Stories about China from November, 2010
WikiLeaks About Korea
While Robert Koehler wrote some talking points about WikiLeaks in about Korea, Allahpundit from Hotair.com coalesced and commented on media reports on WikiLeaks regarding Korea's possible reunification and its relation with China.
China: Junior high school boy beaten to death by classmates
Veggie Discourse translates a popular forum post on a school violence incident in Jiangsu province, in which the mother of the dead school boy claimed that her son was beaten to death by his classmates with powerful background, while the teachers and students witnessed the violence without doing anything to...
China: “Hang the Slaves of the West”
A new website that vilifies Chinese political liberals, including 2010 Nobel Prize winner Liu Xiaobo, has caught the attention of the Chinese internet for its extreme views. Why has it not been removed by censors?
China: Censorship instruction November 22-28
China Digital Times has collected and translated a number of censorship instructions issued by the Propaganda department to media outlets from November 22-28 2010.
Imagethief blogs the discussion on “brand China” at the Capital-M Trialogue. The discussion panel addressed issues related to the ability of the Chinese companies to establish their brands internationally, and Chinese soft power and international perceptions of China as a whole.
China: 97% Of Chinese Want To Live In The U.S?
Dan from China Law Blog invites readers to comment on the Globalist's latest article entitled, The American Dream Is Alive and Well…In China, which asserted that “if U.S. immigration policies allowed it, 97% of the Chinese people would probably want to move to the United States.”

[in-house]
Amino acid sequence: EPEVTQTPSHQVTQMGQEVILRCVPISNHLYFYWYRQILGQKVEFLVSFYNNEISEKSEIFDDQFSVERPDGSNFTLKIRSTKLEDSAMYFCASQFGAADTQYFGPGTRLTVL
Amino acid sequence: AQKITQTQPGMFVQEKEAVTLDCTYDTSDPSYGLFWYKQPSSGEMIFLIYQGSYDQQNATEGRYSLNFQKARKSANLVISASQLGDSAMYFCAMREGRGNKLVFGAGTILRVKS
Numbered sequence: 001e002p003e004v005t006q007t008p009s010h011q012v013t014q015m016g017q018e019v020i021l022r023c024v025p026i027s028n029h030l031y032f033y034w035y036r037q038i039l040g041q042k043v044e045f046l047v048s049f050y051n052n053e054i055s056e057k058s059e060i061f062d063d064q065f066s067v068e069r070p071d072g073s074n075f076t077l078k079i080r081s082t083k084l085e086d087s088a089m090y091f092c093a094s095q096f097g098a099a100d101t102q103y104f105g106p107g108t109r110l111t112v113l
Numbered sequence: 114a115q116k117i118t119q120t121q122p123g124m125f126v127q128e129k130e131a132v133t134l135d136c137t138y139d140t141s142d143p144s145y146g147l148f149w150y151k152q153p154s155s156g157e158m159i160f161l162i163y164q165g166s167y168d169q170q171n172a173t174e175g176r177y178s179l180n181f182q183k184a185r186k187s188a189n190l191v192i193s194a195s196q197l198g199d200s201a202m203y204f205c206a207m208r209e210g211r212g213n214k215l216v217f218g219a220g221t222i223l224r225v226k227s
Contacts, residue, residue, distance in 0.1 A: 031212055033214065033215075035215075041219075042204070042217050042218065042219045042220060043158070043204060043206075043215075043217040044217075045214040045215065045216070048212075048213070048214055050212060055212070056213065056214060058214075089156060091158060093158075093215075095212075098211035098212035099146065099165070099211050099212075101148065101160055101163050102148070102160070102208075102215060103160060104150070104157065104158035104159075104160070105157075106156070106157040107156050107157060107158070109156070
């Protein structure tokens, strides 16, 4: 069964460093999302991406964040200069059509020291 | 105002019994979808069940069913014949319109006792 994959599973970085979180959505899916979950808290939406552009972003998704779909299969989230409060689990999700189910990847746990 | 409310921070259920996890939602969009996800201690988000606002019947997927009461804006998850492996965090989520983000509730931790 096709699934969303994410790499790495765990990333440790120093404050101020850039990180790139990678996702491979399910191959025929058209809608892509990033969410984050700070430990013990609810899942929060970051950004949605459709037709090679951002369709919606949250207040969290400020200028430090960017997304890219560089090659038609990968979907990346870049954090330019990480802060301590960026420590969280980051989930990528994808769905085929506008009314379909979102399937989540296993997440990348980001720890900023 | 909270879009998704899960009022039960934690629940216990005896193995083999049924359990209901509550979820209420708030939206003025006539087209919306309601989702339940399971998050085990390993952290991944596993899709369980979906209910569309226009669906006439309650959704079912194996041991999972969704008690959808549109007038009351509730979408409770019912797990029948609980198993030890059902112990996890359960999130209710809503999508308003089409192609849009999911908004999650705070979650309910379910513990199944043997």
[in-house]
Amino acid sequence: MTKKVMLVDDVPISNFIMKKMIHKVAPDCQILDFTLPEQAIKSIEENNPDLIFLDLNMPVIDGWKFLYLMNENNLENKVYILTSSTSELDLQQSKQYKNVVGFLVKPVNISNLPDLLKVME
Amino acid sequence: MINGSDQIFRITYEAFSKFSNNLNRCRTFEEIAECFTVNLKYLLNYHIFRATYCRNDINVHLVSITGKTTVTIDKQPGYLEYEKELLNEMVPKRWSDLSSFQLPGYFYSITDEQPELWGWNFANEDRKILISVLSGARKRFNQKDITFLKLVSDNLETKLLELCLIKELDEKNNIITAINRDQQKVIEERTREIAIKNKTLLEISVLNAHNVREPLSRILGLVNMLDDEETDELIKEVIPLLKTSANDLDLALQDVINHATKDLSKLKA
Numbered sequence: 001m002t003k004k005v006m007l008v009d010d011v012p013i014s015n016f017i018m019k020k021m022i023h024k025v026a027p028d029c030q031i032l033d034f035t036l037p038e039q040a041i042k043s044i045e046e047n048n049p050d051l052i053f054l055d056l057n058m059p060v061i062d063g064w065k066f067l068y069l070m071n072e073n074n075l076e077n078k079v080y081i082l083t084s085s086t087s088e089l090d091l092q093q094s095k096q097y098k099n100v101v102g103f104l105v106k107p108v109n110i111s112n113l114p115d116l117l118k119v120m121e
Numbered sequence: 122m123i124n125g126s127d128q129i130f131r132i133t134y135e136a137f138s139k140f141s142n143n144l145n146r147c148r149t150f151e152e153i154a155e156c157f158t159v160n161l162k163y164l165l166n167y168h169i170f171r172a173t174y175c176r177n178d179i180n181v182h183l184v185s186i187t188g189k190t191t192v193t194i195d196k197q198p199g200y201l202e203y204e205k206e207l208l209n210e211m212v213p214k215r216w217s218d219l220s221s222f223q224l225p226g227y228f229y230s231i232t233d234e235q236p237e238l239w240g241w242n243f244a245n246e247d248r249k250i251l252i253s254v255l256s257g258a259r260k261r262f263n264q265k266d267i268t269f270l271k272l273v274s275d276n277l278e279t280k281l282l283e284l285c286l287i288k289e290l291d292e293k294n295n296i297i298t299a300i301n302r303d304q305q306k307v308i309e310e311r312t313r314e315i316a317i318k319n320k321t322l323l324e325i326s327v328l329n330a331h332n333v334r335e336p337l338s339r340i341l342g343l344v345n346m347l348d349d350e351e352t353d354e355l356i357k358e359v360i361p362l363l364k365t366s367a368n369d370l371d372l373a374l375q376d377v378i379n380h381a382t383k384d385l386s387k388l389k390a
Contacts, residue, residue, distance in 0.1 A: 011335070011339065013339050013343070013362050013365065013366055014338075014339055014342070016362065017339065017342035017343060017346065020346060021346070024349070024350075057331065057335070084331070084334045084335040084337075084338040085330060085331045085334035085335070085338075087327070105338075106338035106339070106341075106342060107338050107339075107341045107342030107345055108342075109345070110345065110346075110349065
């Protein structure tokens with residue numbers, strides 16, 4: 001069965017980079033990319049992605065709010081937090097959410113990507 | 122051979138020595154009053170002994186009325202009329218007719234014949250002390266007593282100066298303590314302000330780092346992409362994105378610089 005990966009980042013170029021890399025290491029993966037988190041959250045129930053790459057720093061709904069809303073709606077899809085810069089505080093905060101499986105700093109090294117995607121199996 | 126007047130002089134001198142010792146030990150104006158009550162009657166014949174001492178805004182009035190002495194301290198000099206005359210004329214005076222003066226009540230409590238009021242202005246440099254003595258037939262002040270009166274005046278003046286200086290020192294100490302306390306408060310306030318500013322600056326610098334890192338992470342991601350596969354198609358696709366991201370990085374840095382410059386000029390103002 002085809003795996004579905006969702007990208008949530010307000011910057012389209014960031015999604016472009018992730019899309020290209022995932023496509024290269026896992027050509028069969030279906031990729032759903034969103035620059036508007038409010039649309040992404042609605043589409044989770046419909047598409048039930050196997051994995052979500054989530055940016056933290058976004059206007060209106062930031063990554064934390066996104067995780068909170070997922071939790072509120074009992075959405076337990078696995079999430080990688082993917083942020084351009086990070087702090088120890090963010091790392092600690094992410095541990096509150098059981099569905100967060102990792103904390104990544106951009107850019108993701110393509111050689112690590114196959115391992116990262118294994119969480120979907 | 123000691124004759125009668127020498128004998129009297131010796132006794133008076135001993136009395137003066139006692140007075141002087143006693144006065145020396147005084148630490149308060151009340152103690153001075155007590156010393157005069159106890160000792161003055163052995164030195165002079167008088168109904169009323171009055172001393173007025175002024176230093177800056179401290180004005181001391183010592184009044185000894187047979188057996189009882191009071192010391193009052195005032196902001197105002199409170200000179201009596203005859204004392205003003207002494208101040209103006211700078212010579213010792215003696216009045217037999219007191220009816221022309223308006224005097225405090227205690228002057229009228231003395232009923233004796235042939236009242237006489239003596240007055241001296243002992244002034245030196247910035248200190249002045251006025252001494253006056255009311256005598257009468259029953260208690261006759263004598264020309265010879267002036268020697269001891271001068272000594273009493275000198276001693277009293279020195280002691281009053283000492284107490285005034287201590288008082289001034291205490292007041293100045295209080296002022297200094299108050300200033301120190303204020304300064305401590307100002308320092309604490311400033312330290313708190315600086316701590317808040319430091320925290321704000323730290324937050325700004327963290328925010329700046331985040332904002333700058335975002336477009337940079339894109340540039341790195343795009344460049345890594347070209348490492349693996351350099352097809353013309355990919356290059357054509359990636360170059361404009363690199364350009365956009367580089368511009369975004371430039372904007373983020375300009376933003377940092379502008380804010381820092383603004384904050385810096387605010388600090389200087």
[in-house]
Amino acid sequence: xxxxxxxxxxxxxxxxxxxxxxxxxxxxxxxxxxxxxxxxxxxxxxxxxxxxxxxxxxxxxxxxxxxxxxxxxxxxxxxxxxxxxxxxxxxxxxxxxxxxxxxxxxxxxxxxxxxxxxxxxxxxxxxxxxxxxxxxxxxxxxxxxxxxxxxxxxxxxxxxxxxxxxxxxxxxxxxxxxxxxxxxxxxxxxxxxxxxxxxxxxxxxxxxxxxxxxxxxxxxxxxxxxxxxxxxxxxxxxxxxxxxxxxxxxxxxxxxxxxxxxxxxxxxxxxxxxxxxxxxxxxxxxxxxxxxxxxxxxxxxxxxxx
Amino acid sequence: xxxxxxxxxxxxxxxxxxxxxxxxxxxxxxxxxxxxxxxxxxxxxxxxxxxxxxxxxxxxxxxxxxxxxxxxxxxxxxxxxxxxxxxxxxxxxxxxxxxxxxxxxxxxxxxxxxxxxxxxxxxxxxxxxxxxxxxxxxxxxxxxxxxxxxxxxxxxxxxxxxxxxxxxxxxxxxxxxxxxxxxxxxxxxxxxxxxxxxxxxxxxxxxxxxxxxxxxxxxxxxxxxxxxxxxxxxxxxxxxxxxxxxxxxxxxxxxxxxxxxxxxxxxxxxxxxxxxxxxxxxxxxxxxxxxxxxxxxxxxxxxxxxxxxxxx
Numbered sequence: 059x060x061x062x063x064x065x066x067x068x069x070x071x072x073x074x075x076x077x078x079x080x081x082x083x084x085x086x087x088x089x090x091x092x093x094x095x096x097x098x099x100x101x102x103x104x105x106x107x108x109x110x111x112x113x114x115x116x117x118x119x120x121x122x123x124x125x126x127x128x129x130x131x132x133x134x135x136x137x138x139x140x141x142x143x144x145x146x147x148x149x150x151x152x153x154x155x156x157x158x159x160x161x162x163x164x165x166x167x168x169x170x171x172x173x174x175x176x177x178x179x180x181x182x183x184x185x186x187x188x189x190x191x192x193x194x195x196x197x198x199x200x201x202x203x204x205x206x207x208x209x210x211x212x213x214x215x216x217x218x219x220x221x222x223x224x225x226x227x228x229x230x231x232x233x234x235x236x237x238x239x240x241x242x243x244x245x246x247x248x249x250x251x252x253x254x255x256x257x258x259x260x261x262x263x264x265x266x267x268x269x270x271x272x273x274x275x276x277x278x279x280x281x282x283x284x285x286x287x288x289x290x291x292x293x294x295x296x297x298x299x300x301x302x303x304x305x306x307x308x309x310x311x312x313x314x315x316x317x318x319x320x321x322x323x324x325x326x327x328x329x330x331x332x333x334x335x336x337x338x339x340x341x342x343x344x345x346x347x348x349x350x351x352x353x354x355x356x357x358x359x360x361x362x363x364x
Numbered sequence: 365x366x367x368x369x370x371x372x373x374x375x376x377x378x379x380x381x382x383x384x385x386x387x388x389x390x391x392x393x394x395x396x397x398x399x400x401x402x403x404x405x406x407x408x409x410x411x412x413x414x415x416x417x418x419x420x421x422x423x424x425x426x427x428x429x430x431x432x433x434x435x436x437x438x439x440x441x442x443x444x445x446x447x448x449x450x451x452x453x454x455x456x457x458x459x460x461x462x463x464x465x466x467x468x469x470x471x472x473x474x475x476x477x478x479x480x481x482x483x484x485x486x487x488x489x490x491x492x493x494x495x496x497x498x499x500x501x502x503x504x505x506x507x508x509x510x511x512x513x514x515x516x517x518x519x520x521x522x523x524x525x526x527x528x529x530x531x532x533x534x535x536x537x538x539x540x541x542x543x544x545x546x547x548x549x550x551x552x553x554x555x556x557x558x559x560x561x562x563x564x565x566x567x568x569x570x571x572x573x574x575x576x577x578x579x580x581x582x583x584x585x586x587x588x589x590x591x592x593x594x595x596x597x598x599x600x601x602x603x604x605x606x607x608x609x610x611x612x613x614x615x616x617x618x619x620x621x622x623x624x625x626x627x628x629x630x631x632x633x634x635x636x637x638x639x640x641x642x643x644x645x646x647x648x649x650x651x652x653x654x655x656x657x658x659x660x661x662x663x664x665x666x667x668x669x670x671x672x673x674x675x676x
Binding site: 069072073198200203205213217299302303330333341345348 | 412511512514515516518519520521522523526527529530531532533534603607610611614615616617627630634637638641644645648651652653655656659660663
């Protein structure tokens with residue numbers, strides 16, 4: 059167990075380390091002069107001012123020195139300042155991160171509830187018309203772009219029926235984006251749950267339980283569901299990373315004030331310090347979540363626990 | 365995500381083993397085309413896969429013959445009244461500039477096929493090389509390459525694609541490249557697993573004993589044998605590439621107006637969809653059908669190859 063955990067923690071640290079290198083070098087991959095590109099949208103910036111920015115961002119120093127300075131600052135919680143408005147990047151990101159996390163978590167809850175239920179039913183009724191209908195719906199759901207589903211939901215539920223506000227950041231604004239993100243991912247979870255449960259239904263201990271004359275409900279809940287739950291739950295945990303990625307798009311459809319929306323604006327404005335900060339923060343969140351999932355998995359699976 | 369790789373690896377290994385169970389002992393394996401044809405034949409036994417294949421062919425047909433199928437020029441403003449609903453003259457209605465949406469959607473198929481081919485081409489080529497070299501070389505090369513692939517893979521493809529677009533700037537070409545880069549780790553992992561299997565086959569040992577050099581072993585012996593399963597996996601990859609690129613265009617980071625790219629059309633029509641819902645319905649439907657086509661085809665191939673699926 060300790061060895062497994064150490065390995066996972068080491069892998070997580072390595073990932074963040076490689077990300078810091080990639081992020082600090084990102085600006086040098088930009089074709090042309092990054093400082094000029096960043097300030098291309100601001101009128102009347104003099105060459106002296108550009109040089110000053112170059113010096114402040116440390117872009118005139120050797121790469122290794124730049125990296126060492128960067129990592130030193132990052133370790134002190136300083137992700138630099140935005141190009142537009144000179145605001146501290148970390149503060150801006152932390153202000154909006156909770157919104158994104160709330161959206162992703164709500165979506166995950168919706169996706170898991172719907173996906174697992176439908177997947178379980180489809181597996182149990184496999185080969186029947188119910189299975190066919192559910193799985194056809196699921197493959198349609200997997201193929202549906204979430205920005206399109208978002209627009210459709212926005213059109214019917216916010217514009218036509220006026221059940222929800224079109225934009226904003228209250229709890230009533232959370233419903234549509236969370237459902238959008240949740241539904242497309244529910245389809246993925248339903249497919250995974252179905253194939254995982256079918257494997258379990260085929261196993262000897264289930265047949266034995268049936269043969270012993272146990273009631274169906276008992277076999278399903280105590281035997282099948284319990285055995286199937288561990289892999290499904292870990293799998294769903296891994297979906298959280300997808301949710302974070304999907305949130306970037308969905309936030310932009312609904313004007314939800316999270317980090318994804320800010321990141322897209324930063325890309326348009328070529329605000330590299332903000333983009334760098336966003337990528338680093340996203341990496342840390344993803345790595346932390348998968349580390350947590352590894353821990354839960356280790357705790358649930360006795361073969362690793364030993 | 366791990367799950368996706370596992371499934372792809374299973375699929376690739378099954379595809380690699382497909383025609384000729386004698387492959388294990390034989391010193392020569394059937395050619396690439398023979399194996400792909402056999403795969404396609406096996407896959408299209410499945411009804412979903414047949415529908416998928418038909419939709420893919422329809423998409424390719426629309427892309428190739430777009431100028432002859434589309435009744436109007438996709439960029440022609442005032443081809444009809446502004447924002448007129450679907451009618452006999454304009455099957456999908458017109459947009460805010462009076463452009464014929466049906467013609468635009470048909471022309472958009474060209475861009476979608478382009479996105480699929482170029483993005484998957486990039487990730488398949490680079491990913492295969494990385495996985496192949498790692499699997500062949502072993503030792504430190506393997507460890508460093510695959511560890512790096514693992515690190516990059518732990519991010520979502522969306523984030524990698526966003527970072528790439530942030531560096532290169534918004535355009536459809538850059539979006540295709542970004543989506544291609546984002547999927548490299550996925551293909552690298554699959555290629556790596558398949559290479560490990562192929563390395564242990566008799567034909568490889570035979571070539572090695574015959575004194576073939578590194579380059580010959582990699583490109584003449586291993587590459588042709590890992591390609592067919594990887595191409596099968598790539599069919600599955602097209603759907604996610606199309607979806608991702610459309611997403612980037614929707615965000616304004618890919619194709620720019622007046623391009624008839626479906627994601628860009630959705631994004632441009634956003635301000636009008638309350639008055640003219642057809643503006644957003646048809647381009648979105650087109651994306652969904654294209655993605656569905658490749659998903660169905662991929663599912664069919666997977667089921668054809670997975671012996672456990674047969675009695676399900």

China: Wikileaks on Google hacking incident
Wikileaks began on Sunday November 28th publishing 251,287 leaked United States embassy cables. It cited a cable from the US embassy in Beijing, which mentioned information from “a Chinese contact” that the Chinese government was behind the Google hacking incident. Meanwhile, China's Propaganda Department has directed all domestic media outlets...
China: ‘Ditch oil’ floods restaurants
An economic investigation team detained a Hubei oil refiner Nov. 10 who pumped more than 60 tons of “ditch oil” into the local restaurant industry during the past three years, Hubei’s Jingzhou News reported. Concern over the prevalence of the second-hand oil in restaurant kitchens has increased sharply since an investigative report...
China: Time for a new conversation about privacy invasion
With a broader and perhaps global view of more pervasive privacy issues, poet and professor Rui Shen asks: "Some people disagree with airport security measures that display people's bodies, feeling those to be an invasion of their privacy. Watching the debate on the news, though, I wonder: are these people confused or just stupid?"
China: Conditions in Tibet Since 2008